Architect Indiana Sarubi has recently completed works on this stunning private residence situated in La Paz (Entre Rios), Argentina. The project, which attempts to ask the natural terrain for permission to stand on it with the least amount of modification, was created based on the guidelines that the land and its surroundings supplied. It rests lightly on a number of points of contact, allowing the earth to move beneath the home as organically as possible. While nature, with its ongoing changes, likewise continuously transforms the house itself, the act of respectfully positioning oneself inside it causes a change in the landscape itself. Here the first mutually beneficial interaction between labor and its surroundings is established.
The design basis of this new project was evident at the initial visit and initial glance at the property. Nature in its purest form, with reverence. A gallery forest, a protected area, preserved the natural beauty of the region on the adjacent property. How can one overlook the power and energy that once inhabited that place? Both nature and the work created and constructed in response to it share the spotlight in this situation. No attempt is made to stand out, but rather to coexist while constantly reflecting on the importance of each component and casting a continual glance toward the remaining trees.
“Respect, Memory, are words that come up constantly when talking about the work. It is an architecture loaded with content, with meanings, which are transmitted from elements that refer to the very essence of the place as well as the people who inhabit it. Ceramics, screens, armchairs, full of history that make one look infinitely back to identity, to his legacy, to what made us who we are.”
Polarities like the fluidity-experimentation pair are good starting points for comprehending the project. The project’s foundation is the oscillating interaction between the interior and exterior as well as the sense of being completely surrounded by nature inside the refuge. The feeling of spatial warmth when looking out at the forested area from within is constantly sought after, as well as user experimentation. It is a home that, while being in the heart of a metropolis, gives the spectator the impression that they are in the middle of a forest.
The dwelling uses tectonics in many places, including the cantilever over the ditch, which in addition to showing off the building’s structure and construction method, enables a fresh perspective on and connection with nature. The dematerialization of the limitations, which enables a continuous link between the natural and the surroundings with the shelter and the architecture, is another feature that characterizes the tectonics of this work.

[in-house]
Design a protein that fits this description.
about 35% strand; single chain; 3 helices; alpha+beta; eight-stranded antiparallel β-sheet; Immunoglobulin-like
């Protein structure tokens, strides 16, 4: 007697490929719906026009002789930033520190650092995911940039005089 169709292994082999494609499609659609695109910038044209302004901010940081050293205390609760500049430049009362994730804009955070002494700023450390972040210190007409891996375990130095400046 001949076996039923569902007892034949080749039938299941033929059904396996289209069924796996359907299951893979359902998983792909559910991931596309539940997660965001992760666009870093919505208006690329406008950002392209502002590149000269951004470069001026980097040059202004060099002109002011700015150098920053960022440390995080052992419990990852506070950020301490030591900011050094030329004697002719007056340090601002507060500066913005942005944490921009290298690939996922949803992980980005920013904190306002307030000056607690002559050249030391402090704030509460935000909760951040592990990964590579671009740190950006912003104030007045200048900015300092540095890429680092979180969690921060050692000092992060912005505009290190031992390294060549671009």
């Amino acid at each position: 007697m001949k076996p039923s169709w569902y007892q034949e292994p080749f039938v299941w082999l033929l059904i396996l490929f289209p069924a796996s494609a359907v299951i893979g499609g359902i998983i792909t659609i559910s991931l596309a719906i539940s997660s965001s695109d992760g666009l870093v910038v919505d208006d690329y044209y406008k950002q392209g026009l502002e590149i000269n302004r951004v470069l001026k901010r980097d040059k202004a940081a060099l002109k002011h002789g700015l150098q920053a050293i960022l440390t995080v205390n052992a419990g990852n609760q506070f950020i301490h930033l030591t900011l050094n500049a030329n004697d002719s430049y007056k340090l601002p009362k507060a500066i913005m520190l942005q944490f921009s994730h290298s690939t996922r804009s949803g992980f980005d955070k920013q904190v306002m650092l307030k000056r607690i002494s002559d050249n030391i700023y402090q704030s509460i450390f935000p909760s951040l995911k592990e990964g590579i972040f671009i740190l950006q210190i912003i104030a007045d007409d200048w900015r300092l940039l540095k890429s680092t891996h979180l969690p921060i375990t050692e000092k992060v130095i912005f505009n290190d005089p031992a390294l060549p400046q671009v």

Regarding the house’s morphology, it is suggested that it be composed of two volumes that are joined by a corridor that is two meters wide. On the one hand, there is the social sector, which features a space that combines a kitchen, dining room, and living room, is open and completely glazed, and is notable for its connection to an outdoor space that can be reversed. The ceiling and the exposed concrete floor serve as its two defining surfaces. Large windows that connect them while dematerializing the envelopes and generating a porous space divide them from one another.
While evaluating it from the perspective of the technology that makes these planes stand out and stand out, the gallery that envelops this volume functions as an intermediary, hybrid space that permits the continual interchange between being outside and being within, or both. But it is important to note that this gallery also serves as a useful instrument for weather protection.
On the other side, there is a smaller volume with more private-feeling rooms. It has three bedrooms, one of which has a bathroom. Wide windows create well-lit, outdoorsy rooms. Due to two glass openings on either side of the passageway that dissipates this union, it is somewhat dematerialized on the exterior.
In terms of construction, cellular concrete bricks were employed in the private volume to improve thermal insulation. The entire home has thermal insulation made of projected cellulose, which is seen to be a choice that seeks an ecological environmental balance from both its raw material and from the effective insulation it produces. Despite having a huge volume of glass envelope, the work achieves the highest level of energy efficiency because to the apertures’ double hermetic glass and A30new aluminum lines. Because of this, the gallery and eaves once more play a crucial and active role.
Project Name: Casa La Arbolada
Project and Construction Management: Architect Indiana Sarubi
Collaborators: Architect Alejandro Tedesco, Engineer Gustavo Barolin
Location: La Paz Entre Rios.
Photography: Ramiro Sosa – @ramirososafotografia